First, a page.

During playground duty I noticed our peach tree was loaded with fruit.  Its branches were heavy with ripening fuzzy peaches.  The birds had already discovered several and helped themselves to a sweet meal.  I picked a few that were starting to soften and handed them over to one of the teachers for her class to enjoy.  Unless the birds completely take over the tree, there will be plenty more for others to taste.  The harvesting process is a delicate time that requires a watchful eye.  

This time of year feels like a time of ripening and harvesting.  Class studies of African animals and ocean life are coming to fruition through presentations, open houses, and an upcoming interactive experience.  It’s when poets proudly share well-crafted lines and preschoolers review the year to share their favorite highlights.  Our soon-to-be graduates have been away from school this week on their long awaited graduation trip.  Final progress reports are coming together, as are end-of-year awards and gifts.  It’s a time of celebration, remembering, looking ahead, and letting go.  It’s a sweet time, just like the ripe peaches, tinged with a bit of sadness as we prepare to say goodbye to beloved students, parents, and teachers who have been an integral part of the past year and more, in many cases.  As this year enters its “harvest” mode, it’s also a time to remember that all the change in the air will also bring new experiences that will grow us and expand our lives.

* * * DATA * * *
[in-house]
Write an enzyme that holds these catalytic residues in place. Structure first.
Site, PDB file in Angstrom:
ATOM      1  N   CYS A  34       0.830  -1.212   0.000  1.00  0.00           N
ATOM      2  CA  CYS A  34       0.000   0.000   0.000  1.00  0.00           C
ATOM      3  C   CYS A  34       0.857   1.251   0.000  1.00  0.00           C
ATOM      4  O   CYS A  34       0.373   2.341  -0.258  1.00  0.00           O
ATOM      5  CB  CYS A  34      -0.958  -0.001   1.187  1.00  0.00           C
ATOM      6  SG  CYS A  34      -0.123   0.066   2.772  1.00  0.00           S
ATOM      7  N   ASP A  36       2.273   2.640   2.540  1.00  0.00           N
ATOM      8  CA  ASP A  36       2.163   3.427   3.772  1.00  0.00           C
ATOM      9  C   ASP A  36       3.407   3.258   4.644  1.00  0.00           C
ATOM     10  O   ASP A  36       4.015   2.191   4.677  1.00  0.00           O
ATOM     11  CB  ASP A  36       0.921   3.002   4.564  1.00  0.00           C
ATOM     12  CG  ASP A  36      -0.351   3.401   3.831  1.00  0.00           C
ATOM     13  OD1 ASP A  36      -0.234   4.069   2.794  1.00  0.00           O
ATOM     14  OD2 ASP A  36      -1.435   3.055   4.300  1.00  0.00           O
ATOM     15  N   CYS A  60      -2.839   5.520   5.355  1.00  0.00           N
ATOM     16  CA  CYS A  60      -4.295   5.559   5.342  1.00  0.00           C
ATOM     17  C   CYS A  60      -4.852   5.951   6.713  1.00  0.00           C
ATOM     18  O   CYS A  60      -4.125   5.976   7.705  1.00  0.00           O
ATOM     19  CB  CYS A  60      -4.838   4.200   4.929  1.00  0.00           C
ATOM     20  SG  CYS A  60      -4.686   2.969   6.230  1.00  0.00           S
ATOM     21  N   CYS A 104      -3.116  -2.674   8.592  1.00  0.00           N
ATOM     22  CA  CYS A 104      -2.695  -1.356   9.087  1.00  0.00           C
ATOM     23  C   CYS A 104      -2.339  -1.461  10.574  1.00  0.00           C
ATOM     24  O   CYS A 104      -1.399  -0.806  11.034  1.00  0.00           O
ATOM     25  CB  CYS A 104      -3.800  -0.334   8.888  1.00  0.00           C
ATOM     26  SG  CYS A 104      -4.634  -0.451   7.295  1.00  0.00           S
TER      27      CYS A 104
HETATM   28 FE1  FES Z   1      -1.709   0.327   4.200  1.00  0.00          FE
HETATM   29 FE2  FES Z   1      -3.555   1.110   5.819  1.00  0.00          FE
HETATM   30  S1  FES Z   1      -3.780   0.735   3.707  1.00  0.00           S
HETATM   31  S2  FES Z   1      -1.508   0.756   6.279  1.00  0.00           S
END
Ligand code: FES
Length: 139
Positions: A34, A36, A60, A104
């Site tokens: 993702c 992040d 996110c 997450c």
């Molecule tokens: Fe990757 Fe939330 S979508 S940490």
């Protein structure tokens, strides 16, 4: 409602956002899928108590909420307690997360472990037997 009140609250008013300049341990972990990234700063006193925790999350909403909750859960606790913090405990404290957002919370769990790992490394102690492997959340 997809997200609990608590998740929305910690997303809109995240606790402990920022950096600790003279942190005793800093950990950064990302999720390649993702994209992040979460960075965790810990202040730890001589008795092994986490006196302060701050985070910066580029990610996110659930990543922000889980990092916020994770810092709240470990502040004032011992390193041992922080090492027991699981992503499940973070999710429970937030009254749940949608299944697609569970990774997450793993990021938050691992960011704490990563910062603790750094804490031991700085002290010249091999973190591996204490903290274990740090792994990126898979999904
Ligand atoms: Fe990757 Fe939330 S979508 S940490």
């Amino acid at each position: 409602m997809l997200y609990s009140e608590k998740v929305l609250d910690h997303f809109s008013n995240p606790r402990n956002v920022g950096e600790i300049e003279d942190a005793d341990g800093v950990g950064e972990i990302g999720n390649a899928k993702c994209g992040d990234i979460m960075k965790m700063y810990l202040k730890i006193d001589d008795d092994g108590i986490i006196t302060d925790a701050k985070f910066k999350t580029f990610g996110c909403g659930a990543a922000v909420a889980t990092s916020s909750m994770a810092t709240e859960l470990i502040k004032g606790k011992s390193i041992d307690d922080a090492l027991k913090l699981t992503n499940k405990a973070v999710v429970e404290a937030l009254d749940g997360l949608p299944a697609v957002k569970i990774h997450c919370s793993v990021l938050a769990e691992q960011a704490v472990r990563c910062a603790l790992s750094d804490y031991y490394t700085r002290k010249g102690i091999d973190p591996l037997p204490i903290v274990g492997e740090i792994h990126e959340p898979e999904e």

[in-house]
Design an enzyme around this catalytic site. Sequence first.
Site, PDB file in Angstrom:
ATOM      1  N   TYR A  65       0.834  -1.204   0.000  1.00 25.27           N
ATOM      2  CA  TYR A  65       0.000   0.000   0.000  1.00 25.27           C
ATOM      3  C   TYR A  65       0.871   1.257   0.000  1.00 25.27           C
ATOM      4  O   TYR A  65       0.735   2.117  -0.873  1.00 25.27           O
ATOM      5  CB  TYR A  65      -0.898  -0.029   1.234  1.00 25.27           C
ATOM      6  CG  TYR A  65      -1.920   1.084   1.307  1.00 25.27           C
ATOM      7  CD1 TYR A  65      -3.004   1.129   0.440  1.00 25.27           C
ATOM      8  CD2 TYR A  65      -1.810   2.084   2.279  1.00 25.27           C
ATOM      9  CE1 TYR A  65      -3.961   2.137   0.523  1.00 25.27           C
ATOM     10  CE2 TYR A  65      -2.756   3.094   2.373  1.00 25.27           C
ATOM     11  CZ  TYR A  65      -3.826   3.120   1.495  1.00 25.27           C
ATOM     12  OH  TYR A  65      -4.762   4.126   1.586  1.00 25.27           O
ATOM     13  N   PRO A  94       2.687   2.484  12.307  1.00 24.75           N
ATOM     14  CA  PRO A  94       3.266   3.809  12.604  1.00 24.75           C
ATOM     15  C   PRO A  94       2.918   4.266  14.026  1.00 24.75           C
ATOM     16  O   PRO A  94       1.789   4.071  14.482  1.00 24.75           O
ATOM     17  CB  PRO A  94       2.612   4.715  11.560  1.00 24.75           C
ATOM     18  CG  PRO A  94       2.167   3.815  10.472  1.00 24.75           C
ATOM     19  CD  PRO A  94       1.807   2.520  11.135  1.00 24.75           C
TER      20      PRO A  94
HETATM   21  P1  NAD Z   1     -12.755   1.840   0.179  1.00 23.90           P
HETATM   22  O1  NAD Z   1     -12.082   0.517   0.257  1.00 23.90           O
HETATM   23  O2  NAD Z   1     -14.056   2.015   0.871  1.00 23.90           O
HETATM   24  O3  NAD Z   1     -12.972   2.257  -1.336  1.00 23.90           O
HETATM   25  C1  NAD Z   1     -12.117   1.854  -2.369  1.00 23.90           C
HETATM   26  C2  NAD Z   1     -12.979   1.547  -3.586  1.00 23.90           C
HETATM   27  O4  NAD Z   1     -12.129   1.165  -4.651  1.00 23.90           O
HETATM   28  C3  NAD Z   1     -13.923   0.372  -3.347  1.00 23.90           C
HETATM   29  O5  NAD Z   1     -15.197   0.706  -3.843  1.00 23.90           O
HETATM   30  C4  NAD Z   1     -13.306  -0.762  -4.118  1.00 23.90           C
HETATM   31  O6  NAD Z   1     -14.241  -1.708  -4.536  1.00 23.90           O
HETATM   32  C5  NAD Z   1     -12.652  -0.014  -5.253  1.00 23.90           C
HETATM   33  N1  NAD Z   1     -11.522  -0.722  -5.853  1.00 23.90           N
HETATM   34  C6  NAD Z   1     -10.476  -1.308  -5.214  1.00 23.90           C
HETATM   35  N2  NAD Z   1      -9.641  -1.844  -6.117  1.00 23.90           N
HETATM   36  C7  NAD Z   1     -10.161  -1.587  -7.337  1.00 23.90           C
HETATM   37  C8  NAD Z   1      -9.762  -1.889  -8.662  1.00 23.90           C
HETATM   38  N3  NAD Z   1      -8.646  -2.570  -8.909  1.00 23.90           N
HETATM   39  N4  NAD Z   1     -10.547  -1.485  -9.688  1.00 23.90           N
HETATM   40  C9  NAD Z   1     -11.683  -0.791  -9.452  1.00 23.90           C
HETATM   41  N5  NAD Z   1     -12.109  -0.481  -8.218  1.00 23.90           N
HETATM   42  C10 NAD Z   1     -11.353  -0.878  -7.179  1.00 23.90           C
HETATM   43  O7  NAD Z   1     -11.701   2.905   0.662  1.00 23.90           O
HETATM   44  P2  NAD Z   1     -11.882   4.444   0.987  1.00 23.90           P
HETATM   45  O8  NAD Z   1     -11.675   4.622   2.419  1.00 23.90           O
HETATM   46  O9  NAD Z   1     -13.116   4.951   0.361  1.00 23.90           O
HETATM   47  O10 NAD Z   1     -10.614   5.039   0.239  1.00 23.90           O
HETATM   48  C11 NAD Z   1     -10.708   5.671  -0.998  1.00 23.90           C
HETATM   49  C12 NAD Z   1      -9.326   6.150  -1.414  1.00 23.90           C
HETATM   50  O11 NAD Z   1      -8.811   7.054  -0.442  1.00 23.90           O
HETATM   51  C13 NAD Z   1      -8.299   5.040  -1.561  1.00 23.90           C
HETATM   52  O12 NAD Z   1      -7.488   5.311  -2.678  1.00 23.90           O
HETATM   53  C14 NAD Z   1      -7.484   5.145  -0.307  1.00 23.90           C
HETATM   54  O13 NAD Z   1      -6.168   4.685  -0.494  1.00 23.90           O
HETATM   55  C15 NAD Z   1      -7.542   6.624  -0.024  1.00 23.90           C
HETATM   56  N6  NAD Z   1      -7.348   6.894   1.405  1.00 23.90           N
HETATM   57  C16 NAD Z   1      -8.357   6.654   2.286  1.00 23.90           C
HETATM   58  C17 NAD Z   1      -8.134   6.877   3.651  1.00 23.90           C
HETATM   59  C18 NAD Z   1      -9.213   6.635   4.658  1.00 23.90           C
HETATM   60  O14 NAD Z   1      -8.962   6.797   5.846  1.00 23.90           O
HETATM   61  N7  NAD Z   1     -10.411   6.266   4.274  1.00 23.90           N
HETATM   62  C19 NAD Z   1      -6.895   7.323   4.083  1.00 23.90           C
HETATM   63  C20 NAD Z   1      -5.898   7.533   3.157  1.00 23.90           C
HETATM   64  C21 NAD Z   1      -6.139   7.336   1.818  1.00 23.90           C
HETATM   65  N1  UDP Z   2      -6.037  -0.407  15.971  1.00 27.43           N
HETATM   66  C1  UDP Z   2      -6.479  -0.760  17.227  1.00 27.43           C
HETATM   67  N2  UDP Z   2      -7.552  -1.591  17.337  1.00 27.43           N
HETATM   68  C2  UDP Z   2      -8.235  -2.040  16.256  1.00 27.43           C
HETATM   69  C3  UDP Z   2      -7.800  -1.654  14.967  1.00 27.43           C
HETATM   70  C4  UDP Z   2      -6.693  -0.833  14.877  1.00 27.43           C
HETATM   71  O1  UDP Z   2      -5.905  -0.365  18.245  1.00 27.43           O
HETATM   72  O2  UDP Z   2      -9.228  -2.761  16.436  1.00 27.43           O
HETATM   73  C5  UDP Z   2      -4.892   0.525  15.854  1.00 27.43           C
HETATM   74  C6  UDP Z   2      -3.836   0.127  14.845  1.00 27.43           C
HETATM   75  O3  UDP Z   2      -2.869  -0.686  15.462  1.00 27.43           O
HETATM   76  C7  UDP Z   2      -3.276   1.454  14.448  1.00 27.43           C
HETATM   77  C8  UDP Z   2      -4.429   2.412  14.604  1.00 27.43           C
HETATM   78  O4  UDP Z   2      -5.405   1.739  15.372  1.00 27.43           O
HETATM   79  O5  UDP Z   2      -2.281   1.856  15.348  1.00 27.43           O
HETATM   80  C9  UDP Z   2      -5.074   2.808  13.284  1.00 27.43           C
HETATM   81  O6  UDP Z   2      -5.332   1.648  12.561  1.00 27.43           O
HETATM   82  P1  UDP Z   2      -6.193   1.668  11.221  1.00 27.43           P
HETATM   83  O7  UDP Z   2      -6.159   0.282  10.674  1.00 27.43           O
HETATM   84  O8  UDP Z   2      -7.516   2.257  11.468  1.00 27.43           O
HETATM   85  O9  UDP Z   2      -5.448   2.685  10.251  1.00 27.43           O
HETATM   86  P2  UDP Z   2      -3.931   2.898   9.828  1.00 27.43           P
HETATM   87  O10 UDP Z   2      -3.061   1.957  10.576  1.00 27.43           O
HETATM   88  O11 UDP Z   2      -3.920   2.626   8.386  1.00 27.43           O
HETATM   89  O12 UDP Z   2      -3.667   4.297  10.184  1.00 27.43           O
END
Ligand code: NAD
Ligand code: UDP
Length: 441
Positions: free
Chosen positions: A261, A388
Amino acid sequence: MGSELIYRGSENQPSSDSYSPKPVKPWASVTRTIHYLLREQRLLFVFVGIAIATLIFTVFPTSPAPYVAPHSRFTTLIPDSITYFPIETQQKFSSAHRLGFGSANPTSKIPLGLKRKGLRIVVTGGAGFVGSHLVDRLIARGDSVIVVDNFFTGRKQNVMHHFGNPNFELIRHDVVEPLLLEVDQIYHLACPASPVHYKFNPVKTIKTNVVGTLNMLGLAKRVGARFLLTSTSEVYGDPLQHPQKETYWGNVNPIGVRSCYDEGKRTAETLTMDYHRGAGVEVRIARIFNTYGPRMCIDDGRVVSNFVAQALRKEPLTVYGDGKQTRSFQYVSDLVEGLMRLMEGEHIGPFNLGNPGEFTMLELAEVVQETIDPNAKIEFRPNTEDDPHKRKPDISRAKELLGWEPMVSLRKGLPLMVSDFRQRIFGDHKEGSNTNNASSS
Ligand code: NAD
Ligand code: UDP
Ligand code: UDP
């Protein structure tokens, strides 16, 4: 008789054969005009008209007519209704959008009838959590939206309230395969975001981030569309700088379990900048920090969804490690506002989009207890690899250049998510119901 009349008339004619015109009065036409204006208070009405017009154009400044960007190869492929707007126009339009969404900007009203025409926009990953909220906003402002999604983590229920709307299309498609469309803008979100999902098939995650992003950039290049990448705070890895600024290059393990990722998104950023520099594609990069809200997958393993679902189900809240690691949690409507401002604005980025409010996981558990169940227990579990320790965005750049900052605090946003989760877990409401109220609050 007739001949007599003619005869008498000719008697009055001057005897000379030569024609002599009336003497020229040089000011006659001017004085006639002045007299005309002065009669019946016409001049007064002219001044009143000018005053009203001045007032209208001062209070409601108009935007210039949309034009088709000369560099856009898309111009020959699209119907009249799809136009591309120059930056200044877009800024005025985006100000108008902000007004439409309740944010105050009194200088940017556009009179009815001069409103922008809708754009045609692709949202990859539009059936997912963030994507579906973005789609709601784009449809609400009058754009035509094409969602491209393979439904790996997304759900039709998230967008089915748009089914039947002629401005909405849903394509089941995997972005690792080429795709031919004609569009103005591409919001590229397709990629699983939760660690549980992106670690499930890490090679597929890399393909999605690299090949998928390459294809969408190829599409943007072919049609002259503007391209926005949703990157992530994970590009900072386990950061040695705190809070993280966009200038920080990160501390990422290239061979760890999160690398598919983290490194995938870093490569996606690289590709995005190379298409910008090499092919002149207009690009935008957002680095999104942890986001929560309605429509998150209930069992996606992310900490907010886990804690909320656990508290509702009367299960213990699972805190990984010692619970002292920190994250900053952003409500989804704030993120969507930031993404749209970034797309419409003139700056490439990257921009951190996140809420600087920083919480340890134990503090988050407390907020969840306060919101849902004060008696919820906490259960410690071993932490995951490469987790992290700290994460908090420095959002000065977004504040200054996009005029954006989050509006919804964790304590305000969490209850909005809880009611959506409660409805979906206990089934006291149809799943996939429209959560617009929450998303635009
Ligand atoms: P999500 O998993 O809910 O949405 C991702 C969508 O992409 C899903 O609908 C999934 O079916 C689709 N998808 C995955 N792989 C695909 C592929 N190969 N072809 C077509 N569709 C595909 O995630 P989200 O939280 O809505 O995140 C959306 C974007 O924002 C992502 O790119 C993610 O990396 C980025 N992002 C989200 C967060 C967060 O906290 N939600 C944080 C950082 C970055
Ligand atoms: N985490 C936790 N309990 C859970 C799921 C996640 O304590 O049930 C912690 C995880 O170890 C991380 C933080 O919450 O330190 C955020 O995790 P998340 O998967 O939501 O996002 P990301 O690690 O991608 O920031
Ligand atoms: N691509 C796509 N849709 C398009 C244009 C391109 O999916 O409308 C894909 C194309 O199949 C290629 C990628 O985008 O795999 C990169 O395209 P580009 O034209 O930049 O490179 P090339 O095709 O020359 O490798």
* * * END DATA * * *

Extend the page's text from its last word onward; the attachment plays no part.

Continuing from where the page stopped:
On a personal level, a ripening is happening in our family.  In less than two months, our oldest granddaughter will give birth to a baby girl, who could potentially be the first third-generation Seed.  As the time of this event approaches, I find myself seeking ways to clear space to receive this new being into our lives.  It’s a process that was enhanced by my trip to India and has manifested in several ways since I returned.  Clearing space for that which is ripening has required making some tough decisions, one being to culminate my almost ten years as a volunteer yoga teacher at Phoenix Children’s Hospital.  What lies ahead seems to be asking me to draw my energy in closer, to my family and to the Seed.  I believe the coming days will require the best of what I have to offer.  I want to be fully present to whatever arises and respond with wisdom and grace.  The late Irish poet, John O’Donohue, wrote:  “Each of us is an artist of our days; the greater our integrity and awareness, the more original and creative our time will become.”  I look forward with great enthusiasm to the sweet unfoldment of this creative time before us.